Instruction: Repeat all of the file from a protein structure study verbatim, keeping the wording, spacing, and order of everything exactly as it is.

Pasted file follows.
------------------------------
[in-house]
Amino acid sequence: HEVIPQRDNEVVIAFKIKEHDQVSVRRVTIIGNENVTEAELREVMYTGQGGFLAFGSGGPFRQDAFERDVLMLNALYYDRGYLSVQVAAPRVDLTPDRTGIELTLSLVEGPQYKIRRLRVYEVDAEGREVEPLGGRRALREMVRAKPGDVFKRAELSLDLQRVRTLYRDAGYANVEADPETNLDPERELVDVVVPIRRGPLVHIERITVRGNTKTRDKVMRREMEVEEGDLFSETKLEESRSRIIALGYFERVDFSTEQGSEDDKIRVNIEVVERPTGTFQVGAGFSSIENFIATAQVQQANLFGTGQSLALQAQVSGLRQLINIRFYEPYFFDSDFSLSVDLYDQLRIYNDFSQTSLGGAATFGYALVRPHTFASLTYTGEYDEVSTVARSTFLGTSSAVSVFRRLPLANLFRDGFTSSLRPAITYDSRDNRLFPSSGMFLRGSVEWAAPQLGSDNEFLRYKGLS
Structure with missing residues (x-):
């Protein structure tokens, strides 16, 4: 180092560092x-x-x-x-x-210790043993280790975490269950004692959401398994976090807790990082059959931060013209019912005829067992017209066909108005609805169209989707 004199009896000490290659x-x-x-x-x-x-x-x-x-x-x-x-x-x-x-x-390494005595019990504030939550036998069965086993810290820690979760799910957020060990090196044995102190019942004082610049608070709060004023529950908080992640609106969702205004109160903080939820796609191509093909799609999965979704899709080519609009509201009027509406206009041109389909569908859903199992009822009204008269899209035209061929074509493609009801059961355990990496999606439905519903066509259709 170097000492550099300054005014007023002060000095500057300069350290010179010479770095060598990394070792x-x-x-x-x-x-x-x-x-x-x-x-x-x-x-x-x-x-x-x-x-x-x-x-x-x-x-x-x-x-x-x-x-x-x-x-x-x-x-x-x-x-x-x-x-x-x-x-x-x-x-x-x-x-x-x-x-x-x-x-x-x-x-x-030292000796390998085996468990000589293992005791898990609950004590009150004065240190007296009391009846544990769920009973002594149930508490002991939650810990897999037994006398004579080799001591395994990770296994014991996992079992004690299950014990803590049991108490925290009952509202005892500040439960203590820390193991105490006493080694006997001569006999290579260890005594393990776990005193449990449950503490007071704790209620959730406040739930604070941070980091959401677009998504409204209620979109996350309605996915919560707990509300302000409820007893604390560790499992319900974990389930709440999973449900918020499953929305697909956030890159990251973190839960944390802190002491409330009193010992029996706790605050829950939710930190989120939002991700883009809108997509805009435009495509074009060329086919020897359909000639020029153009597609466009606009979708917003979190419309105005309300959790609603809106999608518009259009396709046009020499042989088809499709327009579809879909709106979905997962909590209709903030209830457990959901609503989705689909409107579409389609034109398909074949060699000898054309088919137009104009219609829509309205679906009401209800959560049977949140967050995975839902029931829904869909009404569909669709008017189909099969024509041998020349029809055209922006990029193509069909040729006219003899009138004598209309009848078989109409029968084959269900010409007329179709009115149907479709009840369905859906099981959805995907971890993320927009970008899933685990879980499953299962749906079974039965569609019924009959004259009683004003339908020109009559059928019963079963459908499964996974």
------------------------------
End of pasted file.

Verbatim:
[in-house]
Amino acid sequence: HEVIPQRDNEVVIAFKIKEHDQVSVRRVTIIGNENVTEAELREVMYTGQGGFLAFGSGGPFRQDAFERDVLMLNALYYDRGYLSVQVAAPRVDLTPDRTGIELTLSLVEGPQYKIRRLRVYEVDAEGREVEPLGGRRALREMVRAKPGDVFKRAELSLDLQRVRTLYRDAGYANVEADPETNLDPERELVDVVVPIRRGPLVHIERITVRGNTKTRDKVMRREMEVEEGDLFSETKLEESRSRIIALGYFERVDFSTEQGSEDDKIRVNIEVVERPTGTFQVGAGFSSIENFIATAQVQQANLFGTGQSLALQAQVSGLRQLINIRFYEPYFFDSDFSLSVDLYDQLRIYNDFSQTSLGGAATFGYALVRPHTFASLTYTGEYDEVSTVARSTFLGTSSAVSVFRRLPLANLFRDGFTSSLRPAITYDSRDNRLFPSSGMFLRGSVEWAAPQLGSDNEFLRYKGLS
Structure with missing residues (x-):
């Protein structure tokens, strides 16, 4: 180092560092x-x-x-x-x-210790043993280790975490269950004692959401398994976090807790990082059959931060013209019912005829067992017209066909108005609805169209989707 004199009896000490290659x-x-x-x-x-x-x-x-x-x-x-x-x-x-x-x-390494005595019990504030939550036998069965086993810290820690979760799910957020060990090196044995102190019942004082610049608070709060004023529950908080992640609106969702205004109160903080939820796609191509093909799609999965979704899709080519609009509201009027509406206009041109389909569908859903199992009822009204008269899209035209061929074509493609009801059961355990990496999606439905519903066509259709 170097000492550099300054005014007023002060000095500057300069350290010179010479770095060598990394070792x-x-x-x-x-x-x-x-x-x-x-x-x-x-x-x-x-x-x-x-x-x-x-x-x-x-x-x-x-x-x-x-x-x-x-x-x-x-x-x-x-x-x-x-x-x-x-x-x-x-x-x-x-x-x-x-x-x-x-x-x-x-x-x-030292000796390998085996468990000589293992005791898990609950004590009150004065240190007296009391009846544990769920009973002594149930508490002991939650810990897999037994006398004579080799001591395994990770296994014991996992079992004690299950014990803590049991108490925290009952509202005892500040439960203590820390193991105490006493080694006997001569006999290579260890005594393990776990005193449990449950503490007071704790209620959730406040739930604070941070980091959401677009998504409204209620979109996350309605996915919560707990509300302000409820007893604390560790499992319900974990389930709440999973449900918020499953929305697909956030890159990251973190839960944390802190002491409330009193010992029996706790605050829950939710930190989120939002991700883009809108997509805009435009495509074009060329086919020897359909000639020029153009597609466009606009979708917003979190419309105005309300959790609603809106999608518009259009396709046009020499042989088809499709327009579809879909709106979905997962909590209709903030209830457990959901609503989705689909409107579409389609034109398909074949060699000898054309088919137009104009219609829509309205679906009401209800959560049977949140967050995975839902029931829904869909009404569909669709008017189909099969024509041998020349029809055209922006990029193509069909040729006219003899009138004598209309009848078989109409029968084959269900010409007329179709009115149907479709009840369905859906099981959805995907971890993320927009970008899933685990879980499953299962749906079974039965569609019924009959004259009683004003339908020109009559059928019963079963459908499964996974």